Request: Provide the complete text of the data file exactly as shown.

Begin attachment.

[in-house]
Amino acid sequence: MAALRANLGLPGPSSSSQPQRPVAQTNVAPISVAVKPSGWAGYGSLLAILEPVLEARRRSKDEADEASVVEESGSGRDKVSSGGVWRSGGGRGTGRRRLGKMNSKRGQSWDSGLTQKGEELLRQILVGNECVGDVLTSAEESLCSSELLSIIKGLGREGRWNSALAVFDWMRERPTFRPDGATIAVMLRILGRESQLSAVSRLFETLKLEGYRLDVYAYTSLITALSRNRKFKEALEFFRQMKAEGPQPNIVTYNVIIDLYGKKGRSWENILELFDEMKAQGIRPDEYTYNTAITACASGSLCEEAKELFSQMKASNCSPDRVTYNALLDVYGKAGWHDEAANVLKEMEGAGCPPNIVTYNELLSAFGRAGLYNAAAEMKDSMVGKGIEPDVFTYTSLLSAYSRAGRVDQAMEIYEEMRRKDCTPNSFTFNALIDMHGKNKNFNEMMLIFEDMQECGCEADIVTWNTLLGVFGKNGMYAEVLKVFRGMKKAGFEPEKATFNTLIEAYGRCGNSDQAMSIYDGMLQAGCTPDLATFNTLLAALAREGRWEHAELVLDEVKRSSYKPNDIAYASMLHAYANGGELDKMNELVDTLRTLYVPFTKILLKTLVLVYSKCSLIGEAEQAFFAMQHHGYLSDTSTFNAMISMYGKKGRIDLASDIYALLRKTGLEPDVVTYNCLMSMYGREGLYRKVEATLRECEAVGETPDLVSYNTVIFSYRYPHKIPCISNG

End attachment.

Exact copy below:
[in-house]
Amino acid sequence: MAALRANLGLPGPSSSSQPQRPVAQTNVAPISVAVKPSGWAGYGSLLAILEPVLEARRRSKDEADEASVVEESGSGRDKVSSGGVWRSGGGRGTGRRRLGKMNSKRGQSWDSGLTQKGEELLRQILVGNECVGDVLTSAEESLCSSELLSIIKGLGREGRWNSALAVFDWMRERPTFRPDGATIAVMLRILGRESQLSAVSRLFETLKLEGYRLDVYAYTSLITALSRNRKFKEALEFFRQMKAEGPQPNIVTYNVIIDLYGKKGRSWENILELFDEMKAQGIRPDEYTYNTAITACASGSLCEEAKELFSQMKASNCSPDRVTYNALLDVYGKAGWHDEAANVLKEMEGAGCPPNIVTYNELLSAFGRAGLYNAAAEMKDSMVGKGIEPDVFTYTSLLSAYSRAGRVDQAMEIYEEMRRKDCTPNSFTFNALIDMHGKNKNFNEMMLIFEDMQECGCEADIVTWNTLLGVFGKNGMYAEVLKVFRGMKKAGFEPEKATFNTLIEAYGRCGNSDQAMSIYDGMLQAGCTPDLATFNTLLAALAREGRWEHAELVLDEVKRSSYKPNDIAYASMLHAYANGGELDKMNELVDTLRTLYVPFTKILLKTLVLVYSKCSLIGEAEQAFFAMQHHGYLSDTSTFNAMISMYGKKGRIDLASDIYALLRKTGLEPDVVTYNCLMSMYGREGLYRKVEATLRECEAVGETPDLVSYNTVIFSYRYPHKIPCISNG